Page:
Kingdomino came out in 2016 and received the “Spiel des Jahres” award in 2017, the most reputable award in the industry. The same year, its successor, Queendomino was released. But how do they compare, Kingdomino vs Queendomino? This article reveals what similarities they share, how they differ, and which one is best suitable for you.
How is Kingdomino played?
The brilliancy of Kingdomino lies in its simplicity. On BGG‘s weight scale of 1-5, its score is 1.21. I’ll briefly go through the gameplay, as it’s crucial to understanding the rest of the article.
In Kingdomino, your goal is to build a kingdom out of 2×1 dominoes. You start with your castle tile (1×1) and you place dominoes around it until you complete a 5×5 grid (or 7×7 for a two-player variant).
There are several terrain types: fields, plains, forests, lakes, swamps, and mines. When placing a domino, at least one of the terrain tiles must align with an existing terrain (or the castle tile, which acts as a wild). Some tiles come with crowns on them, which act as multipliers at scoring.
When scoring, the number of connected terrain tiles is multiplied with the number of crowns on them; and calculated separately for each detached terrain (type). You’ll try to build as large and as monotone as possible with all the crowns you can muster, to get those multipliers high.
This isn’t always possible and you’ll have to make compromises as you go. Here’s where a clever system of claiming dominoes comes in.
On every round, a new row of 3 or 4 dominoes (depending on player count) will be laid down, sorted by the number on their backs (which marks their approximate value, depending on terrain type and crowns). Players will mark the dominoes as theirs by placing a king token on them.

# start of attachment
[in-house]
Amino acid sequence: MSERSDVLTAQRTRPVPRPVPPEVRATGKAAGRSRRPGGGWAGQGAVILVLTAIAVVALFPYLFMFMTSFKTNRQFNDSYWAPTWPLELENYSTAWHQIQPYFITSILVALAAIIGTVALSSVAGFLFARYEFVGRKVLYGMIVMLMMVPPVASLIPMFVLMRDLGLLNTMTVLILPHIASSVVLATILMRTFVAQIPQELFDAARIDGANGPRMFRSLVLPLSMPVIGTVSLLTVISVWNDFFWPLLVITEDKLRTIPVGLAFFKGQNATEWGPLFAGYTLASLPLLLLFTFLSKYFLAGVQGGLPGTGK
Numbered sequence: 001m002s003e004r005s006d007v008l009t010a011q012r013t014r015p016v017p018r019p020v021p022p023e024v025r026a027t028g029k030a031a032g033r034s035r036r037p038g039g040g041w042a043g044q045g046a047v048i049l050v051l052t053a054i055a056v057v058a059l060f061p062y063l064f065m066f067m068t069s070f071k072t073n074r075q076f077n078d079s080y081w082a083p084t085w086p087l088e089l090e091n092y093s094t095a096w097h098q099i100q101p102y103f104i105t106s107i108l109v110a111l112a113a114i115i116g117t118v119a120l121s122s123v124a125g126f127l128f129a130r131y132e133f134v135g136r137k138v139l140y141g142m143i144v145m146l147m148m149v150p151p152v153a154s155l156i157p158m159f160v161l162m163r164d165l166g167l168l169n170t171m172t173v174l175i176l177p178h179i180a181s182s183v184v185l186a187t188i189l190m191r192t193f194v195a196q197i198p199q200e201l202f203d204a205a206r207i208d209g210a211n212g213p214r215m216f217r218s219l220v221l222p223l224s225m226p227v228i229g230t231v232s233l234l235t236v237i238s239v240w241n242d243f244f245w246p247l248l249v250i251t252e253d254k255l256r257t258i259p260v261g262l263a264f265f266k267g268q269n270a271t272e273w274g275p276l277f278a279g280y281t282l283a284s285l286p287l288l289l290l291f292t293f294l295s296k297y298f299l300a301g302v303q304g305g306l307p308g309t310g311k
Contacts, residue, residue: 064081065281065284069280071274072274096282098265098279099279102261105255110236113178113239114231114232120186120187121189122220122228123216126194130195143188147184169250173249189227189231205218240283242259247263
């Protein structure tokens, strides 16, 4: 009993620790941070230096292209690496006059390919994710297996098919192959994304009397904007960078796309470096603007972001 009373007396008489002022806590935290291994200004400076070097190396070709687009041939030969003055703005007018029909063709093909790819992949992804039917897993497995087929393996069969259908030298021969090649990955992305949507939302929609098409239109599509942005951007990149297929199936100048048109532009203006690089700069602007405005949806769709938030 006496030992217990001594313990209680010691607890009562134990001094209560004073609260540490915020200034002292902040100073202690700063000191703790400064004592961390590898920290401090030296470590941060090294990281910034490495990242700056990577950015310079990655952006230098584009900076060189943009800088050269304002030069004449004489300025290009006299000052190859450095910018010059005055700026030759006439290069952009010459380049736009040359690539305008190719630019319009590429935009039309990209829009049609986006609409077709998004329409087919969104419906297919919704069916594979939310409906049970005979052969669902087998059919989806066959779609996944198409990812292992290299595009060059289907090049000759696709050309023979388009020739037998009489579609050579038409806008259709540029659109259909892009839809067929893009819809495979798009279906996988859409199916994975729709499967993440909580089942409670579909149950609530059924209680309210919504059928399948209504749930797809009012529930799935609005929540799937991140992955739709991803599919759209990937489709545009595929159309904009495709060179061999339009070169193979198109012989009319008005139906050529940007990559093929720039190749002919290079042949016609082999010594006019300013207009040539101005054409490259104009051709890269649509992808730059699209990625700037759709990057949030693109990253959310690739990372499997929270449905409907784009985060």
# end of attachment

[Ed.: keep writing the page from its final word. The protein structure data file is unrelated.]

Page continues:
The trick is that the player who acts first on a round (has a king placed on the top domino) now has the first pick on the dominoes in the second row (which is already laid out). So, if you picked the “worst” domino in this round, you’ll have a chance to pick the “best” in the next one and vice-versa.
I added quotation marks, since what is worst or best for you might not be for your opponent. Careful planning is needed and sometimes you need to bite the bullet in order to get the fruit in the next round. The system is very well-balanced and it combines just enough luck with clever strategical thinking, always having that final scoring in mind.
I’ve included Kingdomino on my list of best board games for couples, so go check that out.
Queendomino is a strawberry topping over Kingdomino’s vanilla
Queendomino is built on Kingdomino’s foundations. All the above mechanics stay the same and work out exactly like in Kingdomino. It adds new features on top of that:
- New red tiles, which make it possible to construct buildings on.
- Buildings that are presented on the builder’s board, can be bought for coin and put on the red tiles. Buildings are listed on a builder’s board: the farthest right is free, while others are increasingly more expensive. Then, when the track gets depleted, buildings move to free space to the right.
- You can also pay to use the dragon to burn down a building on the builder’s board, discarding the tile and making it unavailable to other players.